Darwin recants! Film at 11!

Newsgroups: talk.origins
From: chrislee@netcom.com (Christopher A. Lee)
Subject: Re: Darwin renounces evolution
Organization: Netcom Online Communications Services (408-241-9760 login: guest)
References: <3c7av4$d86@crl.crl.com>
Date: Fri, 9 Dec 1994 15:24:17 GMT
Lines: 65

In article <3c7av4$d86@crl.crl.com> nike@crl.com (John D. Hynes III) writes:
>I have seen this refuted here before, but I don't remember the details.  
>Could someone please explain, or point me to a faq, the details about the 
>supposed deathbed renunciation of evolution by Darwin.
>In another newsgroup, someone has posted that Darwin converted to 
>Christianity before he died and wrote that he made a mistake in advocating 
>in evolution.

The following was posted here a couple of months ago by Simon Yates, whom I must thank for one of the more valuable items in my archive.

The original article was Message-ID:

Please use the correct attribution in any followup, the credit belongs to Simon:

----------------------Simon Yates' original follows-----------------------

A few more details on the spread of the story and its subsequent rebuttal, taken from the book "The Survival of Charles Darwin: a Biography of a Man and an Idea" by Ronald W. Clark, published by Weidenfeld & Nicholson, 1985 (p. 199)

`Shortly after his death, Lady Hope addressed a gathering of young men and women at the educational establishment founded by the evangelist Dwight Lyman Moody at Northfield, Massachusetts. She had, she maintained, visited Darwin on his deathbed. He had been reading the Epistle to the Hebrews, had asked for the local Sunday school to sing in a summerhouse on the grounds, and had confessed: "How I wish I had not expressed my theory of evolution as I have done." He went on, she said, to say that he would like her to gather a congregation since he "would like to speak to them of Christ Jesus and His salvation, being in a state where he was eagerly savouring the heavenly anticipation of bliss."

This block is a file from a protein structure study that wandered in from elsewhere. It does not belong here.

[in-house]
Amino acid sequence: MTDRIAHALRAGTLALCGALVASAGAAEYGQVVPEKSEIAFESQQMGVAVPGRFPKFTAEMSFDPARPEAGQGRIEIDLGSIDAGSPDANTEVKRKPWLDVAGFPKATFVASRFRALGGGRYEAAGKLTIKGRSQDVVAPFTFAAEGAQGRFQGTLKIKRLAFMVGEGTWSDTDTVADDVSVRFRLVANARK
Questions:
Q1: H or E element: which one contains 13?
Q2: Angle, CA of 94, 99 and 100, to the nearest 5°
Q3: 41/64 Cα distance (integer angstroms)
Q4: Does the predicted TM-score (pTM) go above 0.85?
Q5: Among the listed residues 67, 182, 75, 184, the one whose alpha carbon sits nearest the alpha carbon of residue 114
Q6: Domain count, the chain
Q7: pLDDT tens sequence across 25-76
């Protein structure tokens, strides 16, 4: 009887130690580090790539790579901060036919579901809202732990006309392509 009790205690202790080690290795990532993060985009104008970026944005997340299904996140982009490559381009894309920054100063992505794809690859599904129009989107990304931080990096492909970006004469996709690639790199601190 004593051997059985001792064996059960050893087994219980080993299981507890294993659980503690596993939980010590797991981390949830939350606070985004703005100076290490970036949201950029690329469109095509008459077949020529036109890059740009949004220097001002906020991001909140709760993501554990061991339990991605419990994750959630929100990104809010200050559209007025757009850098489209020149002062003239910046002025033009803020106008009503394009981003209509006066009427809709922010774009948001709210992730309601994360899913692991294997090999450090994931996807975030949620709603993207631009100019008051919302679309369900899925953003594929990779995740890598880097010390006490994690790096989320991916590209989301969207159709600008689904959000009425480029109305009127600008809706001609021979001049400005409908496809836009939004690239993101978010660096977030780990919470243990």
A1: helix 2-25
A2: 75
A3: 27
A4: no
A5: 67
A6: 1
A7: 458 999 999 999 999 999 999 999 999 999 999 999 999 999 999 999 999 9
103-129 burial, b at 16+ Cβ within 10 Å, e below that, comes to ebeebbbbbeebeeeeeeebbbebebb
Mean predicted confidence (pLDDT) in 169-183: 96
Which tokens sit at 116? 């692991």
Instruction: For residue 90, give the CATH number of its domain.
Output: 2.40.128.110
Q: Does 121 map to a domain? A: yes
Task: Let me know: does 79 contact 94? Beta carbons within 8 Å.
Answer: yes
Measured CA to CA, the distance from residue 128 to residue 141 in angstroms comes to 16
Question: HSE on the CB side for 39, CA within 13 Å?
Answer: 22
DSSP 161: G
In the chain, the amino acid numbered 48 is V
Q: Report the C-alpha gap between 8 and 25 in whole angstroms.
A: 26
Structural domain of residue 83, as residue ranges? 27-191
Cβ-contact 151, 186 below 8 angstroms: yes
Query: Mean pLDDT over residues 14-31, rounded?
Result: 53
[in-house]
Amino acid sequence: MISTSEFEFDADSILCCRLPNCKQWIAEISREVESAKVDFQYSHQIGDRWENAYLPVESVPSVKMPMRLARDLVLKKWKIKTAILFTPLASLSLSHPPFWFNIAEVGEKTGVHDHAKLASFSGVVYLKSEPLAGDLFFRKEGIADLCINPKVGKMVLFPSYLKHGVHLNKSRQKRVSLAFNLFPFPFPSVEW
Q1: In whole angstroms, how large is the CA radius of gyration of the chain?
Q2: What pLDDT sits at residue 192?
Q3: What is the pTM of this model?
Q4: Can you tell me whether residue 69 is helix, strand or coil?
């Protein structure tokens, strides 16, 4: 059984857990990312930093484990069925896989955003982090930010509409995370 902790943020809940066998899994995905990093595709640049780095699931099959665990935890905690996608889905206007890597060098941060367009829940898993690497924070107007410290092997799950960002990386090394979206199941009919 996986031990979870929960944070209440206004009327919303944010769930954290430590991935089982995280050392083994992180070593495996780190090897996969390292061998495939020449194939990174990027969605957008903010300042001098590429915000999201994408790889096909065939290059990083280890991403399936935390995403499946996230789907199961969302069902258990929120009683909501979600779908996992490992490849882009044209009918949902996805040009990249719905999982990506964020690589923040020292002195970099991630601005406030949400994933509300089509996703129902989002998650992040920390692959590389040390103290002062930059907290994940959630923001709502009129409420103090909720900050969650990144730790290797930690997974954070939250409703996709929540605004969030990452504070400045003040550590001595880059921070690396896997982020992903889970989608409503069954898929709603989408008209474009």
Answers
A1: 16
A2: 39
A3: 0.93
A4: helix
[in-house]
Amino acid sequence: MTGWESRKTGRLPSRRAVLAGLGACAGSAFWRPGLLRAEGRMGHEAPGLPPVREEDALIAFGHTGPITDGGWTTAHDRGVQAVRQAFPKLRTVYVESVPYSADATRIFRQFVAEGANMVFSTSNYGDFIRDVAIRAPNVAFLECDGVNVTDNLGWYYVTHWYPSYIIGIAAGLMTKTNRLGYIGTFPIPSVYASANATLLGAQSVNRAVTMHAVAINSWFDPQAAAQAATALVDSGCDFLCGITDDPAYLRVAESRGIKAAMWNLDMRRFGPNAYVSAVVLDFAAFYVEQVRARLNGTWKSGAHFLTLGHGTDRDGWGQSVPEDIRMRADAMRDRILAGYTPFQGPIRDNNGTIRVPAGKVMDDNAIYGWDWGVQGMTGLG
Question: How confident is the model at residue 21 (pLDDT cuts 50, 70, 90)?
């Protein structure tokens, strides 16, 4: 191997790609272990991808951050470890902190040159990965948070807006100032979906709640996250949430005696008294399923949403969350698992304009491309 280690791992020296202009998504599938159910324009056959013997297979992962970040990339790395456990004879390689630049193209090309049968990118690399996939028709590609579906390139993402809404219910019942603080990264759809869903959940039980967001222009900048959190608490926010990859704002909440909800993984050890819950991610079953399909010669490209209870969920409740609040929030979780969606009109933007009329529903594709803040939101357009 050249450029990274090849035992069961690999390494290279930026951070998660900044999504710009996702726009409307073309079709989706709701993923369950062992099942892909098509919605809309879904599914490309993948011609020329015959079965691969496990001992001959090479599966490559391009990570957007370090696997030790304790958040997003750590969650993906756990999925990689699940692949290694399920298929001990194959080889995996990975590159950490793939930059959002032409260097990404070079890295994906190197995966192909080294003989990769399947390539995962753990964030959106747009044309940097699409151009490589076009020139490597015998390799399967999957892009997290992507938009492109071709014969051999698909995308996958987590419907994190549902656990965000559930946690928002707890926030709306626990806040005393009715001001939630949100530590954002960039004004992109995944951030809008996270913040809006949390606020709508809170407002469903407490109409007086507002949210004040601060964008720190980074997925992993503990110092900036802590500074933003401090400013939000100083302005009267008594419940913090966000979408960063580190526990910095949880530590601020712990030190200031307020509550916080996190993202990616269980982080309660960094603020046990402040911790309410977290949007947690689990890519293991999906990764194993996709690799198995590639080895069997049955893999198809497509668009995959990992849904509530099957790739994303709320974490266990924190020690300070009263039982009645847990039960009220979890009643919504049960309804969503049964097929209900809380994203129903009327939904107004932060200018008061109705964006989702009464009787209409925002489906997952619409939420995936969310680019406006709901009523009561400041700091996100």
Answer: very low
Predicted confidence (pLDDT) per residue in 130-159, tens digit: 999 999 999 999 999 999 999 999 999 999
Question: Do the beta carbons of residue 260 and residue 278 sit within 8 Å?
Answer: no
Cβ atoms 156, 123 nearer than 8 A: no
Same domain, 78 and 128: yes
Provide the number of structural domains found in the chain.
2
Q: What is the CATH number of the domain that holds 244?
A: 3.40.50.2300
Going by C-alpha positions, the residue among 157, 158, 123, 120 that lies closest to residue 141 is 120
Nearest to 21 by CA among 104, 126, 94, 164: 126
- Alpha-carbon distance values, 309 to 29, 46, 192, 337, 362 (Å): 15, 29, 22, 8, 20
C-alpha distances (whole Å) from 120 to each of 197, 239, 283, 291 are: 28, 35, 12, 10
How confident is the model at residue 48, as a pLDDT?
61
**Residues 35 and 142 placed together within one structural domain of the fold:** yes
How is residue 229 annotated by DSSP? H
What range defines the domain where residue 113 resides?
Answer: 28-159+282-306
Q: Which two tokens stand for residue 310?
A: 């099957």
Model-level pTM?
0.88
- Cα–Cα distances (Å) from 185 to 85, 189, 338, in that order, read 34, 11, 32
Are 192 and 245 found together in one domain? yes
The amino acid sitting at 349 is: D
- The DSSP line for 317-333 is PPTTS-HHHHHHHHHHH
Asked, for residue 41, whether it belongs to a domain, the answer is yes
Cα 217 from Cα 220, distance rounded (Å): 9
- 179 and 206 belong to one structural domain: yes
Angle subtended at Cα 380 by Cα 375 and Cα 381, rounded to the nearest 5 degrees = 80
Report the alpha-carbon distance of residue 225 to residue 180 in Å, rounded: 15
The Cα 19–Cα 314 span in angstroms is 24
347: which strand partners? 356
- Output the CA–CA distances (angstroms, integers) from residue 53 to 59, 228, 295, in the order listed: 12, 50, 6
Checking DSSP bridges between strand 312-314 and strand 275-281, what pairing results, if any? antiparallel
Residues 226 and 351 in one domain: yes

`With Moody's encouragement, Lady Hope's story was printed in the Boston _Watchman Examiner_. The story spread, and the claims were republished as late as October 1955 in the _Reformation Review_ and in the _Monthly Record of the Free Church of Scotland_ in February 1957. These attempts to fudge Darwin's story had already been exposed for what they were, first by his daughter Henrietta after they had been revived in 1922. "I was present at his deathbed," she wrote in the _Christian_ for February 23, 1922. "Lady Hope was not present during his last illness, or any illness. I believe he never even saw her, but in any case she had no influence over him in any department of thought or belief. He never recanted any of his scientific views, either then or earlier. We think the story of his conversion was fabricated in the U.S.A. . . . The whole story has no foundation whatever."'
(Ellipsis is in the book)

Clark's source for Lady Hope's supposed quotations of Darwin is given as "Down, the Home of the Darwins: The Story of a House and the People Who Lived There" by Sir Hedley Atkins KBE, published by Phillimore for the Royal College of Surgeons of England, 1974.

Henrietta's rebuttal is referenced more fully as: Mrs R B Litchfield, "Charles Darwin's Death-Bed: Story of Conversion Denied," _The Christian_, February 23, 1922, p. 12.